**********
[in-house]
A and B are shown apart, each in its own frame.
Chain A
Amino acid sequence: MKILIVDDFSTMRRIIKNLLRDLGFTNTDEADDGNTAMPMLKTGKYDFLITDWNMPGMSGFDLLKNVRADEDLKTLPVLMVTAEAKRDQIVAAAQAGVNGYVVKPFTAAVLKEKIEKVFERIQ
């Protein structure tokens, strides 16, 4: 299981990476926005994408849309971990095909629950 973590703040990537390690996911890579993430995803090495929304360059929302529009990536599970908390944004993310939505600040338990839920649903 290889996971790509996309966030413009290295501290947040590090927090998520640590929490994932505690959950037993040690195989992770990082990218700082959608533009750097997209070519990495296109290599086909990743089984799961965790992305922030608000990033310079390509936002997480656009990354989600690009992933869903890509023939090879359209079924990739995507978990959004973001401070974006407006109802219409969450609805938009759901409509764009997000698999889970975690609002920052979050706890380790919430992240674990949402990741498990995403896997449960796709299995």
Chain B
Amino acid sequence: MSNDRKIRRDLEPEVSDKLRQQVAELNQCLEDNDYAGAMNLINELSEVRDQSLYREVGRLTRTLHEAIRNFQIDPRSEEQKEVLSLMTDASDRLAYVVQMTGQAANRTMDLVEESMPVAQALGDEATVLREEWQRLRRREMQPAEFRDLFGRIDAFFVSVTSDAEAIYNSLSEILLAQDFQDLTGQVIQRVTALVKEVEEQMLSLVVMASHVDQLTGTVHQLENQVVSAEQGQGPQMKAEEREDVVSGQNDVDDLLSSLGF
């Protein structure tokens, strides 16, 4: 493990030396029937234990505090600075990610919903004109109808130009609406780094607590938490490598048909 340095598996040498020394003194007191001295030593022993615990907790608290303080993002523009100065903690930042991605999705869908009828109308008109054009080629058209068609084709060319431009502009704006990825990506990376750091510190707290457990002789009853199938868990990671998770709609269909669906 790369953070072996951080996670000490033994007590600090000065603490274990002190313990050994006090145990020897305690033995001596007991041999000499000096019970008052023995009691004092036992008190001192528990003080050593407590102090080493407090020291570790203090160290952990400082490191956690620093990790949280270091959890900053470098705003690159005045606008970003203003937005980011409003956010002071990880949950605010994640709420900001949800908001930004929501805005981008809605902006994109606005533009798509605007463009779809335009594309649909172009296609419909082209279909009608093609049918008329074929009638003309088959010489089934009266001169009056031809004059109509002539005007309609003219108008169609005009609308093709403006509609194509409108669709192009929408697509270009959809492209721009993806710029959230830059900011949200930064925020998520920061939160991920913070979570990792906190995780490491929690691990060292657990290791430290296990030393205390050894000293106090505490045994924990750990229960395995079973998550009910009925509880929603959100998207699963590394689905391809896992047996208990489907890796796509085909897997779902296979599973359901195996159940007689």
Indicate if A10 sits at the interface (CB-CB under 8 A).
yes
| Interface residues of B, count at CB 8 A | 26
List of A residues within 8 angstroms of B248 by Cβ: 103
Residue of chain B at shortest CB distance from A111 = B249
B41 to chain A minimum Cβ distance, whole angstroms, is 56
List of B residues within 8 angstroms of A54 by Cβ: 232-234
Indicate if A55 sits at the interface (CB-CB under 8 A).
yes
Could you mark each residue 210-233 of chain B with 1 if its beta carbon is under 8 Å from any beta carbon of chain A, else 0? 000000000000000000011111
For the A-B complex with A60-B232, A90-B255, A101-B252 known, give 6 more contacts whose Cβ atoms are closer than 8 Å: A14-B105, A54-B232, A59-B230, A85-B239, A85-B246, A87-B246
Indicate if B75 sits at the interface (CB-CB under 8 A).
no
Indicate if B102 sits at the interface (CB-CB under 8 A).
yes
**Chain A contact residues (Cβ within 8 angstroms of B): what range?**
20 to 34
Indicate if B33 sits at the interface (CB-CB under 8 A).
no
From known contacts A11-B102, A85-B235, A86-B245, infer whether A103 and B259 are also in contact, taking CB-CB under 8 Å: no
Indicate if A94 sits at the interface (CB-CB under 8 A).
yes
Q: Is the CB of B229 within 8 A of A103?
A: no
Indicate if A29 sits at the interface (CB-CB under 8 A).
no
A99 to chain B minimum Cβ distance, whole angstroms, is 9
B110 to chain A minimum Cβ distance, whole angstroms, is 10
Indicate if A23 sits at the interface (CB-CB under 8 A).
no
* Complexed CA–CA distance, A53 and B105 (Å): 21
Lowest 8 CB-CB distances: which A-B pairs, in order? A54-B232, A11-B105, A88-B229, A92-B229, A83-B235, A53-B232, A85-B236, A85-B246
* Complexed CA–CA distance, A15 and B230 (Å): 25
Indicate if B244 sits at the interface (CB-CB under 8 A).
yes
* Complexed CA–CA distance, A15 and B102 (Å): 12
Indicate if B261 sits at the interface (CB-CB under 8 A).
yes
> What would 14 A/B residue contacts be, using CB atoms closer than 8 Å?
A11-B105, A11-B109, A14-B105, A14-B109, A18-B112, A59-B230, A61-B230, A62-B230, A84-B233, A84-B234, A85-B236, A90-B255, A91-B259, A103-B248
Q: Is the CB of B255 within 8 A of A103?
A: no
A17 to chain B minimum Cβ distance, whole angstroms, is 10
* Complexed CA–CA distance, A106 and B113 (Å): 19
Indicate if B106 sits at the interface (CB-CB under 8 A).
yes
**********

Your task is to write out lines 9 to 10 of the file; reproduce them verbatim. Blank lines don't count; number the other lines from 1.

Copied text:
Indicate if A10 sits at the interface (CB-CB under 8 A).
yes